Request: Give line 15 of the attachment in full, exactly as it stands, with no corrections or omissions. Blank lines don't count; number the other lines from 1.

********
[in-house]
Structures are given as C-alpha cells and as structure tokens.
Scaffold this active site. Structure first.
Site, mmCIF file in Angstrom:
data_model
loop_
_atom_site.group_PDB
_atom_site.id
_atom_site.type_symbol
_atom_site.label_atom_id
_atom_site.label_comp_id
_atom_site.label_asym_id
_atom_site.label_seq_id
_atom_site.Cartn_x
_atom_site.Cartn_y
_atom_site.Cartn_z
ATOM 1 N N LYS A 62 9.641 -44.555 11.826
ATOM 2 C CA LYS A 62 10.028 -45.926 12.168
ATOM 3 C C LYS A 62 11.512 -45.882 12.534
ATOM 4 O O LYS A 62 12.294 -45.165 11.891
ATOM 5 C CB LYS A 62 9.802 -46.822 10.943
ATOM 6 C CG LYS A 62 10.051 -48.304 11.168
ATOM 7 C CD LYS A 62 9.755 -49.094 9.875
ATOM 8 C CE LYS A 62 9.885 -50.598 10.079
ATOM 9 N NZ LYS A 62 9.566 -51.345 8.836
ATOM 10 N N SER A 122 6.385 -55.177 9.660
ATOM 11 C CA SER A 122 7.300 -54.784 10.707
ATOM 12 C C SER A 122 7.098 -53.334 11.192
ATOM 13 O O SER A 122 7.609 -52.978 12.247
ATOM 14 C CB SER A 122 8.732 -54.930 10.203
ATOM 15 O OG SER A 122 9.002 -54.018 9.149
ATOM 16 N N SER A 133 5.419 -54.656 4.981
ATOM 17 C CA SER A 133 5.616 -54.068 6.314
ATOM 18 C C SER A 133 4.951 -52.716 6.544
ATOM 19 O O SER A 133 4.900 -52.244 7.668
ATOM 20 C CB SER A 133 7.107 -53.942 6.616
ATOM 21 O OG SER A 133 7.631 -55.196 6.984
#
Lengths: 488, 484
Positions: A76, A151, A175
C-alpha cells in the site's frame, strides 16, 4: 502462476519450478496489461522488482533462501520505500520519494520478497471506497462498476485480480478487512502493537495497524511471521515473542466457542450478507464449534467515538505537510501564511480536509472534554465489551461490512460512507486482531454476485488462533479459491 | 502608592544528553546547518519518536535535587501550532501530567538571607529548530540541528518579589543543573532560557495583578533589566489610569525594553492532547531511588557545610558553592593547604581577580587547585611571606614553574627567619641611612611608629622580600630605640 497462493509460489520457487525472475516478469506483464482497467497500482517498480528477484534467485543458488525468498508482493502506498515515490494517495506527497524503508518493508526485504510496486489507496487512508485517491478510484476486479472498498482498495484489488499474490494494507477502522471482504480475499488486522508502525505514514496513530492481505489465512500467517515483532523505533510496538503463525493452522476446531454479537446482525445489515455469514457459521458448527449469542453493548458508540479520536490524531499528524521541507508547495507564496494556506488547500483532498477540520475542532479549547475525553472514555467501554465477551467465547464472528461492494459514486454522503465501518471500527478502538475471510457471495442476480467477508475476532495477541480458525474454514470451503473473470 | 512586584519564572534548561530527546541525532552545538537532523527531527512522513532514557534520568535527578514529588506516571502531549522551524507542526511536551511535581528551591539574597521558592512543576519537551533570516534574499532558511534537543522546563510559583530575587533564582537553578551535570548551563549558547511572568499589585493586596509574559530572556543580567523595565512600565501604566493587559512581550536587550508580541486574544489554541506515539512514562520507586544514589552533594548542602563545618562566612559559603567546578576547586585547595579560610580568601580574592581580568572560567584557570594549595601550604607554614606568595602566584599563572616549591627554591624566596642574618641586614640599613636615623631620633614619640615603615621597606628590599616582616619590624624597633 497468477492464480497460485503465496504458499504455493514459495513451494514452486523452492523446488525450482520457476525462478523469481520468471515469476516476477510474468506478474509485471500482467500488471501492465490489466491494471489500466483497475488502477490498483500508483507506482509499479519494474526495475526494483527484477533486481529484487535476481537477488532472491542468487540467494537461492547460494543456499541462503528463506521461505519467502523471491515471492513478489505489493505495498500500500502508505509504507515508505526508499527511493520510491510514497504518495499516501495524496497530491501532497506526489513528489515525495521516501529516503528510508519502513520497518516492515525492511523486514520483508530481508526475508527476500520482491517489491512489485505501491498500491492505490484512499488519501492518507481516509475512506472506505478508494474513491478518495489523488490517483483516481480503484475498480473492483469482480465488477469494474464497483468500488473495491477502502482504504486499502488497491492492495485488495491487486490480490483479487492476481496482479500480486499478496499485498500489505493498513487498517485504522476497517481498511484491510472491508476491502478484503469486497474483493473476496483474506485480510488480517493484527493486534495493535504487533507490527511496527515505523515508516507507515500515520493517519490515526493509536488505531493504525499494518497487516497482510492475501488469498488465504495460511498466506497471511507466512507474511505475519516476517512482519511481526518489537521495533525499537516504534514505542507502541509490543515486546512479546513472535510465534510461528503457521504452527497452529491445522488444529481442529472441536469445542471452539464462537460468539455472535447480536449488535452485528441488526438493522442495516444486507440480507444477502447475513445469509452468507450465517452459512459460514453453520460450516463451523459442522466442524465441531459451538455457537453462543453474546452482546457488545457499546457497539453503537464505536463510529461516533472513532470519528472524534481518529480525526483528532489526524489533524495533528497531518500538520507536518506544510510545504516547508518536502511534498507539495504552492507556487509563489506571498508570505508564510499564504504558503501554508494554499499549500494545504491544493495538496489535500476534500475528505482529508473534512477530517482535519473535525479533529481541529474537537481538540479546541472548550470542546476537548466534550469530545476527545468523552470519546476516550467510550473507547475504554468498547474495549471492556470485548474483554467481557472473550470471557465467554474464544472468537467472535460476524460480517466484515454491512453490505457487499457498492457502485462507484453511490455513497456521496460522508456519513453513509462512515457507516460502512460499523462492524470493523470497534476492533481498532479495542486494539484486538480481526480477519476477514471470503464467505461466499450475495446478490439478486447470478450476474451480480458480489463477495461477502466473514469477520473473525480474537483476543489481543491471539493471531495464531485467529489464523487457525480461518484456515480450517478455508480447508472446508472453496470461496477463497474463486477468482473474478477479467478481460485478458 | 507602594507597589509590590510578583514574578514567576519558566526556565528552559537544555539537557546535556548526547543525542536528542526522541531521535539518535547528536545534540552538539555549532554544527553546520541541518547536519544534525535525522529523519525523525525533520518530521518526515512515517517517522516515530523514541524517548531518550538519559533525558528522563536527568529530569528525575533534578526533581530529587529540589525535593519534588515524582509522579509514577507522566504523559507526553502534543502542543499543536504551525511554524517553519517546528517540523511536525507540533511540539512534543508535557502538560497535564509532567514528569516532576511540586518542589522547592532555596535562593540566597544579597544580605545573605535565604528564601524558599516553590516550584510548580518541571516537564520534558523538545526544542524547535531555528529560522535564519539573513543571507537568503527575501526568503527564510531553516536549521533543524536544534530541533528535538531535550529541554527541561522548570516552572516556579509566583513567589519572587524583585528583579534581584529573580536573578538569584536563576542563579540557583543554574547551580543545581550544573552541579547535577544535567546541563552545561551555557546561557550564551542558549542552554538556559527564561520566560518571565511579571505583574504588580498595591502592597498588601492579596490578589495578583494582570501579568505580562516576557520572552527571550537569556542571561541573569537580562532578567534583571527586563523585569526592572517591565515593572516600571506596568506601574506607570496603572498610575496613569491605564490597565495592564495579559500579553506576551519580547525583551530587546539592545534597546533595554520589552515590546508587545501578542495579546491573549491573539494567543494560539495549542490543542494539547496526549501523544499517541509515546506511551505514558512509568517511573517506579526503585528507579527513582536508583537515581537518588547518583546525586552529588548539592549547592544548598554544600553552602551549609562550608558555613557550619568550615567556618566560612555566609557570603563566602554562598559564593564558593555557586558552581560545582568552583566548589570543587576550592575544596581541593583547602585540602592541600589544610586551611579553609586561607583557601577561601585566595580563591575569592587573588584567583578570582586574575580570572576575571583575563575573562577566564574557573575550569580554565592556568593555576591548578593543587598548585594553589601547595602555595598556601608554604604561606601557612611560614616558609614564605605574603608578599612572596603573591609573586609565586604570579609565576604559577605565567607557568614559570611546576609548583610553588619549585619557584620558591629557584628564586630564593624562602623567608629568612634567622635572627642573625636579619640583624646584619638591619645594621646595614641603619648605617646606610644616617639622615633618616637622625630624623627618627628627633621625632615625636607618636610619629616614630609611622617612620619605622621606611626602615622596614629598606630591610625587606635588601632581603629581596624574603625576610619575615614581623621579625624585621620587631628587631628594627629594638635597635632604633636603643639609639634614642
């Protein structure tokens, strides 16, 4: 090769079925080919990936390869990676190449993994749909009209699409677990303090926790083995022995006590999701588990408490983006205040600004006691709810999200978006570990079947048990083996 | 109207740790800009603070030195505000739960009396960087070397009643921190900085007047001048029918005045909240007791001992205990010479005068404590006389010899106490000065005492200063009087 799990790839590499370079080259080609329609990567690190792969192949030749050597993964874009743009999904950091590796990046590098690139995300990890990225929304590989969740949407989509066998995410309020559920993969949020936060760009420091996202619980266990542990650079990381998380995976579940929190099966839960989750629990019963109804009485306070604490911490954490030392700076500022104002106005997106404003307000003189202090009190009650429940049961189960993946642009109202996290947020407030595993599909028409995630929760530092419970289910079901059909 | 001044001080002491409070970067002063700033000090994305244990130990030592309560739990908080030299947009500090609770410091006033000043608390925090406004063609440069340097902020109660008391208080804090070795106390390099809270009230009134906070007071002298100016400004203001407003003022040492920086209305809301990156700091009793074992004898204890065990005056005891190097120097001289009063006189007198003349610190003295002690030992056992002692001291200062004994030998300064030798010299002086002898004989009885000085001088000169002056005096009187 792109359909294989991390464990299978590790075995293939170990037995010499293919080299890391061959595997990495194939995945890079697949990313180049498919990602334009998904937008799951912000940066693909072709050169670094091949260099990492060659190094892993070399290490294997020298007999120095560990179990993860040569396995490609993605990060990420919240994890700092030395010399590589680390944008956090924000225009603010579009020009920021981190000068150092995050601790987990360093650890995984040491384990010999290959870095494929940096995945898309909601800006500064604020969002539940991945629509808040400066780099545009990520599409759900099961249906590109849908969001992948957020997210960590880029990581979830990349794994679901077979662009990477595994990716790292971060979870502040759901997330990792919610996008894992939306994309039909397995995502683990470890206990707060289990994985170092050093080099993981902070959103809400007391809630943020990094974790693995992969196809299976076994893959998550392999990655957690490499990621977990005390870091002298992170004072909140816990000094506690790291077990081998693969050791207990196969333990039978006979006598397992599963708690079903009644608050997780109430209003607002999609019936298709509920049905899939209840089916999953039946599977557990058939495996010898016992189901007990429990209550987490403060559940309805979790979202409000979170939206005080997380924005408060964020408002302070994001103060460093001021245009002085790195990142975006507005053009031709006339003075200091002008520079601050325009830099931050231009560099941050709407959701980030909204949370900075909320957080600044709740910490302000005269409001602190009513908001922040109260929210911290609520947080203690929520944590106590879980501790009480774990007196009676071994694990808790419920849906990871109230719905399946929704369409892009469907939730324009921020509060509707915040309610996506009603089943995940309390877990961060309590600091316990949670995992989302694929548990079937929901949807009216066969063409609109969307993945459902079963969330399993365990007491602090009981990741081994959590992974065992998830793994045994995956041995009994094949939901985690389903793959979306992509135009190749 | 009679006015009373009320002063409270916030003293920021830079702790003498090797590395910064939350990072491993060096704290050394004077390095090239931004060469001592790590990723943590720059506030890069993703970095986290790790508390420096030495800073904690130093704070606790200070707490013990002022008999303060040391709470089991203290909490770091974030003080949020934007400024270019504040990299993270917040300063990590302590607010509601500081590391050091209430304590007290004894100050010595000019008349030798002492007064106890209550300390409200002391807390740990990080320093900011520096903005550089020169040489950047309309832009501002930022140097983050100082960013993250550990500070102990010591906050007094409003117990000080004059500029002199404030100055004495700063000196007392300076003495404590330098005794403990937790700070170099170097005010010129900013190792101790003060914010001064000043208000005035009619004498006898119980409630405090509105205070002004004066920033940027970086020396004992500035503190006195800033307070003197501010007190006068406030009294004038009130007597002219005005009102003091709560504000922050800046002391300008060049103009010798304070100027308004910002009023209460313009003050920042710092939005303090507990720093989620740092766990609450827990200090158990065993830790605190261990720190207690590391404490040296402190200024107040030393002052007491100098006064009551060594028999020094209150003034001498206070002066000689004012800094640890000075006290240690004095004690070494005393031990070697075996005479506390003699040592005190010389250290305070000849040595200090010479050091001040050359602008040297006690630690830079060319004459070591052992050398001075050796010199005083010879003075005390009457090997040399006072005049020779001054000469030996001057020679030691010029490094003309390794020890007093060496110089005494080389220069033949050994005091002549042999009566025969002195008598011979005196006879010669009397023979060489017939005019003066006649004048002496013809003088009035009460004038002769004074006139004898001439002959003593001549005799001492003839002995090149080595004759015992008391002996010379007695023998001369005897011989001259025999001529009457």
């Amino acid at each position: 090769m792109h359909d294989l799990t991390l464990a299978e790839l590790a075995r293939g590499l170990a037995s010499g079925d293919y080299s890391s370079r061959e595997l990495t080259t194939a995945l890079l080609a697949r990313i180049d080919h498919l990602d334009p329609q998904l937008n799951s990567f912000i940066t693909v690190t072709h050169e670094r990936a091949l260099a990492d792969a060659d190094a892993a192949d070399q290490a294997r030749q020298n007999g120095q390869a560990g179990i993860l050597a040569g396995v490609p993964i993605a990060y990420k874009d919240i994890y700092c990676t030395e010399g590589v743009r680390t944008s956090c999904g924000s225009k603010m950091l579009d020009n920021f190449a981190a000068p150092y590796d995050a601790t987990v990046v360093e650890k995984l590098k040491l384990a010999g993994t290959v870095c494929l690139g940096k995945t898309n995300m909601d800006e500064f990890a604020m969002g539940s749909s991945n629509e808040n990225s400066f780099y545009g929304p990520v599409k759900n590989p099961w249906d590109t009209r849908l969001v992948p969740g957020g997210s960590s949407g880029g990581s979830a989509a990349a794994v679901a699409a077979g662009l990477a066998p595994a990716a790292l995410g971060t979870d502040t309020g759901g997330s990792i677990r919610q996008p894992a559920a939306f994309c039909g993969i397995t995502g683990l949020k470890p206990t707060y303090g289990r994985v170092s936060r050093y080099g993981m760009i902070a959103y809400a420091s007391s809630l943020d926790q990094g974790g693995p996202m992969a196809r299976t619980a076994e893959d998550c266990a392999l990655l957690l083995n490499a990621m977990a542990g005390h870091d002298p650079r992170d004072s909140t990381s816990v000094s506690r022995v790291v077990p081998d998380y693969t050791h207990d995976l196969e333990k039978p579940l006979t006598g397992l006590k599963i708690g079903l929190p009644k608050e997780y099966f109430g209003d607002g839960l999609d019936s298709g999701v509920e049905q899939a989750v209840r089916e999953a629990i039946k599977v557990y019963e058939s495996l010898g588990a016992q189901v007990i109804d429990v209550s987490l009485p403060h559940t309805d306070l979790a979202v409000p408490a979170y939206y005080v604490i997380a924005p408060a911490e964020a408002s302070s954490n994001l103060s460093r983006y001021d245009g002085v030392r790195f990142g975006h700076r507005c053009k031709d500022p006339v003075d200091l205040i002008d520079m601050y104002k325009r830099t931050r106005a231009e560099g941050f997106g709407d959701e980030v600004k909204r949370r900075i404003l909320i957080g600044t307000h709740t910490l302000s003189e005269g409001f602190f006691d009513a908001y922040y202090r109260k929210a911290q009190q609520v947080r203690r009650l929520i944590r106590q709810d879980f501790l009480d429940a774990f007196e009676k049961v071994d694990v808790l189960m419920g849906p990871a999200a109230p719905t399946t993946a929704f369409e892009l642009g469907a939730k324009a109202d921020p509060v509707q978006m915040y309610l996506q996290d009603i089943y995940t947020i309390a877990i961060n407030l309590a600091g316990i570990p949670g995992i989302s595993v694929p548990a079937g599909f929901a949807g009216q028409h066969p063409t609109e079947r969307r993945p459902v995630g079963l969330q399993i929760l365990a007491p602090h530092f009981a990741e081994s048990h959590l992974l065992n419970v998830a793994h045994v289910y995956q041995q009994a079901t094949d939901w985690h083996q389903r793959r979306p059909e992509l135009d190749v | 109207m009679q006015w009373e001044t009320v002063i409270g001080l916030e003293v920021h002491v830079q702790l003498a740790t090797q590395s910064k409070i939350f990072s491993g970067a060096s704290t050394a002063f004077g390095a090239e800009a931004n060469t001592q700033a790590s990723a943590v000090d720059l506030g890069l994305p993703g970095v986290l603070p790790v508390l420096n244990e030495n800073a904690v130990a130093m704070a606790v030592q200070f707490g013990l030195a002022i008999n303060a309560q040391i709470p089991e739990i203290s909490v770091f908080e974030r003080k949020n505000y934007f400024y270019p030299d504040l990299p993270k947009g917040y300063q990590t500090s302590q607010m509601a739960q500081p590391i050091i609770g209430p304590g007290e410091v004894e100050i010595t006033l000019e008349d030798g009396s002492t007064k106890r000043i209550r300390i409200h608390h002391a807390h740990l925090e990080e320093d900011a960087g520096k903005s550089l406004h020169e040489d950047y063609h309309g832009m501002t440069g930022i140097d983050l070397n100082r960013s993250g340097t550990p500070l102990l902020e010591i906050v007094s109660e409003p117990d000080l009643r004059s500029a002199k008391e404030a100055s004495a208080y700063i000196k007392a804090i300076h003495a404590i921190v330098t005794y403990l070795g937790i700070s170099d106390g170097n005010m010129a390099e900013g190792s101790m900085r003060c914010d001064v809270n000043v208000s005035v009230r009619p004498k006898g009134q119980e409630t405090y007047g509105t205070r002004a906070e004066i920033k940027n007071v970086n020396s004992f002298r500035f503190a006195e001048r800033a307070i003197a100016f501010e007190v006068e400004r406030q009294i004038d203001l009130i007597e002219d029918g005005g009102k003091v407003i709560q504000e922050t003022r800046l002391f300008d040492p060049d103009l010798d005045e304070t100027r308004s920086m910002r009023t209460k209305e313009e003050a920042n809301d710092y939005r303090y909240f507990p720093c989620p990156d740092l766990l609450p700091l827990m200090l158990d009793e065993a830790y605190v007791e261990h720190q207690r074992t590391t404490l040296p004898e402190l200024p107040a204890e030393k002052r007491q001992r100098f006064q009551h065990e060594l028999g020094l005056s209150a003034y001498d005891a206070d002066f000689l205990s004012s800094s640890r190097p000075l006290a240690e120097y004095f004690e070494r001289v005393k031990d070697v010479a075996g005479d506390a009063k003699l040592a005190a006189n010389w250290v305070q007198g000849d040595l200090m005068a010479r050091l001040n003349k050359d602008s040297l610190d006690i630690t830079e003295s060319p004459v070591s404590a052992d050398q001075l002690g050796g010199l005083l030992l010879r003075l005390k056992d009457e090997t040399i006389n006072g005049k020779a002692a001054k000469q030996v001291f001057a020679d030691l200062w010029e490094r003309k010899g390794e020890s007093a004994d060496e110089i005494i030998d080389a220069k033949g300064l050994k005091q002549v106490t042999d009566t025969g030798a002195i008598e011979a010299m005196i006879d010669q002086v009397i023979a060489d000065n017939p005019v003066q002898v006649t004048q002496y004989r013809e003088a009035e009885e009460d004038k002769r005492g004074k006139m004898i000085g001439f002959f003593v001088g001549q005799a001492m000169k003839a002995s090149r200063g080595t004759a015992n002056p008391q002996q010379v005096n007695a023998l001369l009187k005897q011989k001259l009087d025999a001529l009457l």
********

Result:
_atom_site.Cartn_y